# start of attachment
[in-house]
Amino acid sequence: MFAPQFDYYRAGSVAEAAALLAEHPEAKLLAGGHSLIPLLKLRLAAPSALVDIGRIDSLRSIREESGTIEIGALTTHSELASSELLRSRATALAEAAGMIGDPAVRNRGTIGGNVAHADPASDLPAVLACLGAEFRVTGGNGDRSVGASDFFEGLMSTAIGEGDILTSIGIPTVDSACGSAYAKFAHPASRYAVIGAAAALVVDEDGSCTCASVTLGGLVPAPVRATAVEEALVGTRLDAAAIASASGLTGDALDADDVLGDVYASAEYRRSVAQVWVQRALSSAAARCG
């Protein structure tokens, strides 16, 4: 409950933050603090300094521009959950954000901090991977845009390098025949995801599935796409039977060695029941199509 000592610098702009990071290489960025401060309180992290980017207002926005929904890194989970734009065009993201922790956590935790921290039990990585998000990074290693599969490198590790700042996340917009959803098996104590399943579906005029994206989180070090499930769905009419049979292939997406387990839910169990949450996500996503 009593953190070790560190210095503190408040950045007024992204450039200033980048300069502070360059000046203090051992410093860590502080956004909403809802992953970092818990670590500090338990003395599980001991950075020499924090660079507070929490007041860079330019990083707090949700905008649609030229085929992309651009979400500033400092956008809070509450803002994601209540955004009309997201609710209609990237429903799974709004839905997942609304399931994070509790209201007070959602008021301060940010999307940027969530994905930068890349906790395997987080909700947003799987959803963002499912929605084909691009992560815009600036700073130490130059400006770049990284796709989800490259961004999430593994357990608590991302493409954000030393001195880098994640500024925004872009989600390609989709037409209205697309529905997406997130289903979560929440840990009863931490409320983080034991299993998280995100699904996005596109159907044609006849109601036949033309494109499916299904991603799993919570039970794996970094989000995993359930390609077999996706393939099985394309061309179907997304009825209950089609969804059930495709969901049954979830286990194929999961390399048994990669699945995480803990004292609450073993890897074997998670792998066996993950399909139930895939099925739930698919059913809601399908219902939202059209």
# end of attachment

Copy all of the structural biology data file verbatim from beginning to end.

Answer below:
[in-house]
Amino acid sequence: MFAPQFDYYRAGSVAEAAALLAEHPEAKLLAGGHSLIPLLKLRLAAPSALVDIGRIDSLRSIREESGTIEIGALTTHSELASSELLRSRATALAEAAGMIGDPAVRNRGTIGGNVAHADPASDLPAVLACLGAEFRVTGGNGDRSVGASDFFEGLMSTAIGEGDILTSIGIPTVDSACGSAYAKFAHPASRYAVIGAAAALVVDEDGSCTCASVTLGGLVPAPVRATAVEEALVGTRLDAAAIASASGLTGDALDADDVLGDVYASAEYRRSVAQVWVQRALSSAAARCG
């Protein structure tokens, strides 16, 4: 409950933050603090300094521009959950954000901090991977845009390098025949995801599935796409039977060695029941199509 000592610098702009990071290489960025401060309180992290980017207002926005929904890194989970734009065009993201922790956590935790921290039990990585998000990074290693599969490198590790700042996340917009959803098996104590399943579906005029994206989180070090499930769905009419049979292939997406387990839910169990949450996500996503 009593953190070790560190210095503190408040950045007024992204450039200033980048300069502070360059000046203090051992410093860590502080956004909403809802992953970092818990670590500090338990003395599980001991950075020499924090660079507070929490007041860079330019990083707090949700905008649609030229085929992309651009979400500033400092956008809070509450803002994601209540955004009309997201609710209609990237429903799974709004839905997942609304399931994070509790209201007070959602008021301060940010999307940027969530994905930068890349906790395997987080909700947003799987959803963002499912929605084909691009992560815009600036700073130490130059400006770049990284796709989800490259961004999430593994357990608590991302493409954000030393001195880098994640500024925004872009989600390609989709037409209205697309529905997406997130289903979560929440840990009863931490409320983080034991299993998280995100699904996005596109159907044609006849109601036949033309494109499916299904991603799993919570039970794996970094989000995993359930390609077999996706393939099985394309061309179907997304009825209950089609969804059930495709969901049954979830286990194929999961390399048994990669699945995480803990004292609450073993890897074997998670792998066996993950399909139930895939099925739930698919059913809601399908219902939202059209």